You hit it out of the park on this hub - the very core of me loves animals and you had many of favorites in your photos. The idea of extending a dog's life is amazing - simply amazing. But then the other ramifications are also of high interest which perhaps our children will have a chance to debate? Any crystal ball predictions of a time line?

Once long ago I decided I wanted a flat coated retriever. I did all the research, saved the funds, called the breeder and when I learned they had a short life span I ran as fast I could. Loosing an animal is heart breaking.

Linda Crampton (author) from British Columbia, Canada on March 11, 2016:

Thank you very much, Peggy! I hope Skippy stays as healthy as possible and lives for a long time.

Peggy Woods from Houston, Texas on March 11, 2016:

Our Skippy is around 15 and definitely showing his age. It would be wonderful to be able to prolong the lives of our beloved pets if there are no serious side effects. As to prolonging human life...the sociological impact of overpopulation would surely need to be considered. Very interesting article Alicia. You never cease to amaze me with what you write!

Linda Crampton (author) from British Columbia, Canada on March 06, 2016:

I can imagine how you feel, Audrey. Seeing signs of aging in a pet is sad. I also know what you mean about writing poetry in an effort to deal with a difficult situation. I hope you have the companionship of your dog for as long as possible. Best wishes to you.

Audrey Howitt from California on March 06, 2016:

This touched me! I have an older dog and I don't know how I will say goodbye--lately it is through poetry that I can start to write my way through

Linda Crampton (author) from British Columbia, Canada on January 21, 2016:

Hi, Carolyn. It is hopeful research. I hope it leads to good things!

Carolyn Emerick on January 21, 2016:

thank you for sharing this! I had never heard of this research! Very interesting and hopeful.

Linda Crampton (author) from British Columbia, Canada on January 13, 2016:

Hi, Jackie. I hope my cats live as long as yours! They are indoor cats, although they do get taken out at times in a cat stroller. Thanks for the visit.

Jackie Lynnley from the beautiful south on January 13, 2016:

This is something great to know and very hopeful!

My last cat lived to be almost 20 and was an outdoor/ indoor one. I think it is great your dogs get to be outdoors; I think that will always be best for their health than ones who only go for an occasional walk.

Linda Crampton (author) from British Columbia, Canada on January 13, 2016:

Thank you, Vellur. Yes, rapamycin does seem to have a lot of potential. It's a very interesting substance!

Nithya Venkat from Dubai on January 13, 2016:

Rapamycin seems to have a lot of potential, this I know now after reading your hub. Another interesting and informative article voted up.

Linda Crampton (author) from British Columbia, Canada on December 31, 2015:

Thank you for the comment, Dianna. I hope you have a very happy new year.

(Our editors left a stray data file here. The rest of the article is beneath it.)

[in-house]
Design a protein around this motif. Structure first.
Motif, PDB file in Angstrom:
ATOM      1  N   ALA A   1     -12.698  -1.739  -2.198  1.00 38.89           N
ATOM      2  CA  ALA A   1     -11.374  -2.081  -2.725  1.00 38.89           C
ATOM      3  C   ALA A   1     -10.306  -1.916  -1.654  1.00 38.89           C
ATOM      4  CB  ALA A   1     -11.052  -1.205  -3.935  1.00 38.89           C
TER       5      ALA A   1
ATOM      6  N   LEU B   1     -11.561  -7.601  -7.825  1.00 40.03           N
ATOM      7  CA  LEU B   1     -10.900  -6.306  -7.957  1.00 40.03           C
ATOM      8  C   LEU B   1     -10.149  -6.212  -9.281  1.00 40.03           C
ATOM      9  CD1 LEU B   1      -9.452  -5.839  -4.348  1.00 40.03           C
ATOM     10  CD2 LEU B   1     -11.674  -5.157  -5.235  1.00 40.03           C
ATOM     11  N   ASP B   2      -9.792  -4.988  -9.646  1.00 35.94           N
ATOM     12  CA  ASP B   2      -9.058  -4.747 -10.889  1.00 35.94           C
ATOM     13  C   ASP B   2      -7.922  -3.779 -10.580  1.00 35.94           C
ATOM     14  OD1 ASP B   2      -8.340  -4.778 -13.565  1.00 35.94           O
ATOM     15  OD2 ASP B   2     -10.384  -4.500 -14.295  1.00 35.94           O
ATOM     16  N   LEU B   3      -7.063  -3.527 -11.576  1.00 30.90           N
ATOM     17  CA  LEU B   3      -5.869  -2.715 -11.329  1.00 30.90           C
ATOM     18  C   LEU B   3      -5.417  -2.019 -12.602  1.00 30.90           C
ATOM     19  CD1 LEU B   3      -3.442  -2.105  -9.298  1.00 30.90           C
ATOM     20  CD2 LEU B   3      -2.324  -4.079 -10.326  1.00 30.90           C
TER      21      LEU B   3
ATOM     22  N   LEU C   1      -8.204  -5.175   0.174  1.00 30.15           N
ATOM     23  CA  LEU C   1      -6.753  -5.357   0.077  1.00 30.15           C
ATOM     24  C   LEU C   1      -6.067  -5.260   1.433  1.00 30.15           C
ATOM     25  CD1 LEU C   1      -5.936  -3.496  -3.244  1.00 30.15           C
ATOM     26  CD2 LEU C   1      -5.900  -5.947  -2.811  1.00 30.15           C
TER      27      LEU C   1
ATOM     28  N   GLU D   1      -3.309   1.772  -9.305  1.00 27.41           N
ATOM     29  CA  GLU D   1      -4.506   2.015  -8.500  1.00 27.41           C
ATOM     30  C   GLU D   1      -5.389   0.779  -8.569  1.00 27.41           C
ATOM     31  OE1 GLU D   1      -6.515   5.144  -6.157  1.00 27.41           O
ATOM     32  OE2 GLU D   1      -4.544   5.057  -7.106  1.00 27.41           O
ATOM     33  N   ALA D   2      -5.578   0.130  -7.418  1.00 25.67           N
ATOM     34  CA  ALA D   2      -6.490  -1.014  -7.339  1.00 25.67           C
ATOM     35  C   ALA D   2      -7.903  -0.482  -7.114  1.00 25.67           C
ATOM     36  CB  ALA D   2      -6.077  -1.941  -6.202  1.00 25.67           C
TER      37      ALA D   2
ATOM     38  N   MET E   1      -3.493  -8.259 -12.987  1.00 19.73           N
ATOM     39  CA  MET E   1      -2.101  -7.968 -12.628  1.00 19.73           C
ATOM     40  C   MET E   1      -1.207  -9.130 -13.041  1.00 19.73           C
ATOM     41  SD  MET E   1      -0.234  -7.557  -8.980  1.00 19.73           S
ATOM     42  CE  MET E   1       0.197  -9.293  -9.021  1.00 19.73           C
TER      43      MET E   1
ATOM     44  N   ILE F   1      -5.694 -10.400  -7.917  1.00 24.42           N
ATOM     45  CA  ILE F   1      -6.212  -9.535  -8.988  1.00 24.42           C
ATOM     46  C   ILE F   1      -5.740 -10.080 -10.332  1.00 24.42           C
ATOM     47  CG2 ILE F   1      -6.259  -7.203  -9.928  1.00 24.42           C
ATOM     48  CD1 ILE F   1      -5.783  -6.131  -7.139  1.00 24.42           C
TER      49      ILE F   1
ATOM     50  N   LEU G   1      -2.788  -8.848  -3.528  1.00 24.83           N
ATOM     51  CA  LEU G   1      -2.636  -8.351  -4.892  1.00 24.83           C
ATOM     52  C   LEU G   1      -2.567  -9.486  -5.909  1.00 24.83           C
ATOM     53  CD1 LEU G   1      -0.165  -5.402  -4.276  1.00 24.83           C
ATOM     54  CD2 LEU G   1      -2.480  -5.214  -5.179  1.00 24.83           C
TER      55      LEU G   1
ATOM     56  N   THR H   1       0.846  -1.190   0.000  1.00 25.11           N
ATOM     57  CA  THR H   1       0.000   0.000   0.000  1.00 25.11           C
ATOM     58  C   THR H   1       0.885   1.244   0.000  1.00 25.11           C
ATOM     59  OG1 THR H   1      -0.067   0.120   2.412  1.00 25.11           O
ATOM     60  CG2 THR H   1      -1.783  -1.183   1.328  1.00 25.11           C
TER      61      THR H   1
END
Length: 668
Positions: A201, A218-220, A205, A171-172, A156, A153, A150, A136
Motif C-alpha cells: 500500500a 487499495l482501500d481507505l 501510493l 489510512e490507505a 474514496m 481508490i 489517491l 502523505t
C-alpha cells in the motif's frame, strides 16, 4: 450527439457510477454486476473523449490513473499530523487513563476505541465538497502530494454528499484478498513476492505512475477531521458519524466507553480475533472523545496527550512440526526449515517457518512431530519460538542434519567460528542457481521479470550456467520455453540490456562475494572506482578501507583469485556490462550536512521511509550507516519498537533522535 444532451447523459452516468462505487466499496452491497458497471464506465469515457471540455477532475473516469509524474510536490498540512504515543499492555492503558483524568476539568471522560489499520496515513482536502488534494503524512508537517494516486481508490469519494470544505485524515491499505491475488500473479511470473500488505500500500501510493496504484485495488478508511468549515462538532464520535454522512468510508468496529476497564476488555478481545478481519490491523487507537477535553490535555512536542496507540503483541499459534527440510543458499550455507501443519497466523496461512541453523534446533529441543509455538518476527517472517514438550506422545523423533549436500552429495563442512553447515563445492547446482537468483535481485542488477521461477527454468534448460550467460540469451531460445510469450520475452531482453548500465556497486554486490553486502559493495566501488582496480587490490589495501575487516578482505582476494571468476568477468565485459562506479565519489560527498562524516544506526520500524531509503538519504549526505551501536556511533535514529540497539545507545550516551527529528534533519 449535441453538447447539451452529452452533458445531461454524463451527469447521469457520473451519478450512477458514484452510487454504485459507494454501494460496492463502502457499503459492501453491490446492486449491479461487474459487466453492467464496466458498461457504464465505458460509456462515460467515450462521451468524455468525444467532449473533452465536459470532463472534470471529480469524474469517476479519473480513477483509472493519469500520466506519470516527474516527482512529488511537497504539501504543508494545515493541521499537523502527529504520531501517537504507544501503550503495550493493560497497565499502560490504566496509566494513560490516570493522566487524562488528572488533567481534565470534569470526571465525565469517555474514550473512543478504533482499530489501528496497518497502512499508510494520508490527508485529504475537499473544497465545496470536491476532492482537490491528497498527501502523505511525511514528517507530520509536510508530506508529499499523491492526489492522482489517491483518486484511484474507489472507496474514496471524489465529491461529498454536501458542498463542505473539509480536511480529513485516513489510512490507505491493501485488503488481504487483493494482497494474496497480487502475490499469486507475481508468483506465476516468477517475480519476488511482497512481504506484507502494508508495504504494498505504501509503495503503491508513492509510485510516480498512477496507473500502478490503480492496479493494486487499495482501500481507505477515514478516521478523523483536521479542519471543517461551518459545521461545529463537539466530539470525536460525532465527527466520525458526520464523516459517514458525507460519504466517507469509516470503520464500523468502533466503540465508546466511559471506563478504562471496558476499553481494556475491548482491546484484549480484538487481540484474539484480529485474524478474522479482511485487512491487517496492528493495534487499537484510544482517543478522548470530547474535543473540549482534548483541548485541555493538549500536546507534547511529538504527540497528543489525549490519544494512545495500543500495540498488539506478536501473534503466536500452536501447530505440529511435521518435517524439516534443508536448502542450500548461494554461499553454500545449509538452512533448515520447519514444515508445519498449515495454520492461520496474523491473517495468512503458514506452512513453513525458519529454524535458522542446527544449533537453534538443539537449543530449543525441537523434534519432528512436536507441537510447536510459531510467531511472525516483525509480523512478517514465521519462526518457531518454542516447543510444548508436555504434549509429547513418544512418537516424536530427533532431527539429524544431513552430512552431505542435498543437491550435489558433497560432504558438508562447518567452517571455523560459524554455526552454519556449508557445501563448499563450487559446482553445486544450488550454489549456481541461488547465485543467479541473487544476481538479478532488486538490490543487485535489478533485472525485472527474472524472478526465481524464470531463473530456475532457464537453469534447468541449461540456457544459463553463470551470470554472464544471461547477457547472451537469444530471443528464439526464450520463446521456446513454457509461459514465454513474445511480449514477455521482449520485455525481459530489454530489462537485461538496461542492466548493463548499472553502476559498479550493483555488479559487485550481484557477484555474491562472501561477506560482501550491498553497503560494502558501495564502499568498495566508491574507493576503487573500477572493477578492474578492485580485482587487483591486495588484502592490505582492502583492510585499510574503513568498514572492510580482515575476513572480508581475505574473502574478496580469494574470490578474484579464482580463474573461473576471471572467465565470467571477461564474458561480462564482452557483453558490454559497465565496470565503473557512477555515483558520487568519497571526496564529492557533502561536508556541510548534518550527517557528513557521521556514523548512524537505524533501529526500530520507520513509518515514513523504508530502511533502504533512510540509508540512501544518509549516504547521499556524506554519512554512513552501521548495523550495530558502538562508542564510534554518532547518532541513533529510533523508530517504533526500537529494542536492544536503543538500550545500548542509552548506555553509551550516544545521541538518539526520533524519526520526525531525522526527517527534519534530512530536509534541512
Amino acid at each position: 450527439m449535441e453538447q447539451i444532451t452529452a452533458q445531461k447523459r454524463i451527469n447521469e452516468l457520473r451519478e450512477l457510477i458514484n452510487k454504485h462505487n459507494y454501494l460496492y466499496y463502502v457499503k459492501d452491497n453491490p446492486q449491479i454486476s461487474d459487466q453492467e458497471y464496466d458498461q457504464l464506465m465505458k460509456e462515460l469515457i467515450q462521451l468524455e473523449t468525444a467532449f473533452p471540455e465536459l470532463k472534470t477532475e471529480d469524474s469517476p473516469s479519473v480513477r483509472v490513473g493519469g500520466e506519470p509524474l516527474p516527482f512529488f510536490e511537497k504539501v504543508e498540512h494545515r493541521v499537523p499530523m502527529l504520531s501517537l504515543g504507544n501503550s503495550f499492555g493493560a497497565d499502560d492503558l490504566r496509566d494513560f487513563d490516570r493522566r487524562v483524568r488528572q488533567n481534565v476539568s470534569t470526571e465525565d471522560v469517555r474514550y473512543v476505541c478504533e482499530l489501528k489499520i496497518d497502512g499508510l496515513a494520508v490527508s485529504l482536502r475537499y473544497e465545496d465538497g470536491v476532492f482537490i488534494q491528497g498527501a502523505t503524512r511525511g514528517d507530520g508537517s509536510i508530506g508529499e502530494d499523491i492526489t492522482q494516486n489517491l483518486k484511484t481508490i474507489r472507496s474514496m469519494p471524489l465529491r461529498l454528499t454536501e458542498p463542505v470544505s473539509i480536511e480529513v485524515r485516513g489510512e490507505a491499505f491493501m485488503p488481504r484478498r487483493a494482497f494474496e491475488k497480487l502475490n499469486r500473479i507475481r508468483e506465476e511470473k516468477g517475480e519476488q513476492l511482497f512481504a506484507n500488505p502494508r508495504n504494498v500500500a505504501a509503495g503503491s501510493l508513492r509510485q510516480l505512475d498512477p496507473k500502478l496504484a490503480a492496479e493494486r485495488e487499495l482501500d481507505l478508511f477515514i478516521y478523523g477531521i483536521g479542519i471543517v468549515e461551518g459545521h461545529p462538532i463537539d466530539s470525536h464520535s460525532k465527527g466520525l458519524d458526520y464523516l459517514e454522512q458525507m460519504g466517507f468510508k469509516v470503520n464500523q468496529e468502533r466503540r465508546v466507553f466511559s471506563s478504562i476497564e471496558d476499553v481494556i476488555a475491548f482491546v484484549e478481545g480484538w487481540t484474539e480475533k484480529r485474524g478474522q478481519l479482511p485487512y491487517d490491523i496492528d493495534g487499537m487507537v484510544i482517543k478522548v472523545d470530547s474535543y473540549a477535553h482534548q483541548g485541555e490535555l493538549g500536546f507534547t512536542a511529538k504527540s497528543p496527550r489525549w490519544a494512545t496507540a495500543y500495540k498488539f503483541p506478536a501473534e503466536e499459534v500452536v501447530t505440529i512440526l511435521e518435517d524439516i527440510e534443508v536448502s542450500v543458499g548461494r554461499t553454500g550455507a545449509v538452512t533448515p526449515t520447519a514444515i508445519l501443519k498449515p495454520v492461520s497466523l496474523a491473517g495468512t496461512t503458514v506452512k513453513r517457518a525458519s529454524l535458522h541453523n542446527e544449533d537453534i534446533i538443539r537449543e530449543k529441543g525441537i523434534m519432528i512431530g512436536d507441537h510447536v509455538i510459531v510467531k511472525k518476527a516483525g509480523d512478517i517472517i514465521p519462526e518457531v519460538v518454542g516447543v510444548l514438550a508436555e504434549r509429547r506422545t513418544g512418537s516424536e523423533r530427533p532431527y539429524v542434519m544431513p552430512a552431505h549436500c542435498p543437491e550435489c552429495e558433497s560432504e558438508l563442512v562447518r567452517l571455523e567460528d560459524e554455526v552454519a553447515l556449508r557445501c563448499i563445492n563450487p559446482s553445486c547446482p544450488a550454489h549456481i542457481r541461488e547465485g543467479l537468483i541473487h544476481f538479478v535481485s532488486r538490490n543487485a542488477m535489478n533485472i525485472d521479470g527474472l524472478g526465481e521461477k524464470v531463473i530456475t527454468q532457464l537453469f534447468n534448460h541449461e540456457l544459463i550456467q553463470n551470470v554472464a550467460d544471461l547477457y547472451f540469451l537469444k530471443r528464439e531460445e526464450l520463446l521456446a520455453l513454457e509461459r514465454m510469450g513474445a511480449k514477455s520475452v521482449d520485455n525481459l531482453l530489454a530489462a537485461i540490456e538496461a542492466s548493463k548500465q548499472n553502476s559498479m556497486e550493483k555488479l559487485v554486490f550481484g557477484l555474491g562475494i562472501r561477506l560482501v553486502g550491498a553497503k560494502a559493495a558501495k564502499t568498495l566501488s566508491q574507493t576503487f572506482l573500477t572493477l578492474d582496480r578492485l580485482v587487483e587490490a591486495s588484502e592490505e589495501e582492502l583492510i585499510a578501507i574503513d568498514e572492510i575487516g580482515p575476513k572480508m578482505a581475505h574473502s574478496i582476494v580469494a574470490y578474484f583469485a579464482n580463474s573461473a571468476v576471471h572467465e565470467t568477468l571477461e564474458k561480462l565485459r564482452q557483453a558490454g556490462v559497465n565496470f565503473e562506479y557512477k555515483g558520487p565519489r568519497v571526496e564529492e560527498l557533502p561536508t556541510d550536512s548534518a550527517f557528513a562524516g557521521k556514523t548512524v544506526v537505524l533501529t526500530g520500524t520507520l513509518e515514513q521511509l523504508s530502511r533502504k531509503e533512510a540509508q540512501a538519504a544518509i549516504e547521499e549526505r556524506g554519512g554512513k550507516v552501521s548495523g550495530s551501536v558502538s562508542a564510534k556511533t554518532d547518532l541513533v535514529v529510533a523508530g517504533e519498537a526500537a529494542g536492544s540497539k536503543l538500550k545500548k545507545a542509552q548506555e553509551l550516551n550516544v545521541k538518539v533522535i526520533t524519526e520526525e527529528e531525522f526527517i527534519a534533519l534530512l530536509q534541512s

Dianna Mendez on December 31, 2015:

I am always amazed at the amount of research out there that could possibly change lives. Thanks for bringing this information to us in basic knowledge format.

Linda Crampton (author) from British Columbia, Canada on December 31, 2015:

Thank you, Devika. Happy New Year to you, too!

Devika Primić from Dubrovnik, Croatia on December 31, 2015:

A Happy New Year to you!

Linda Crampton (author) from British Columbia, Canada on December 25, 2015:

Thank you for the comment, Mel. Yes, I think we do have to be careful. The possibilities are intriguing, though!

Mel Carriere from San Diego California on December 25, 2015:

It seems like there are some very worthwhile uses for this drug, but I agree we have to be cautious, and not open Pandora's Box before we really know what is in there. You have some lovely dogs, by the way. Great hub!

Linda Crampton (author) from British Columbia, Canada on December 21, 2015:

Thank you, Flourish. I agree with your desire so much. I would love my dogs, cats and birds to live for longer. Life extension for humans would be wonderful, too, as long as both our body and our mind stayed in good condition.

FlourishAnyway from USA on December 21, 2015:

Beautiful dogs, Linda. Oh, to turn back the clock for ourselves and our pets! And hopefully the mind stays sharp as well!

Linda Crampton (author) from British Columbia, Canada on December 21, 2015:

Thanks for sharing the interesting information, Deb. You've raised some good points!

Deb Hirt from Stillwater, OK on December 21, 2015:

There's a lot more in dirt that meets the eye. I grew up in dirt. I was there day and night, night and day, and am one of the healthiest specimens that you'll ever hope to meet. I also look about twenty years younger than most people that revolve around my age. I attribute this to growing up on organic food and being out in the open spaces exploring. That's why it has been said for years that kids that grow up in the country are much healthier than those in the city. Not only that, we know the source of french fries...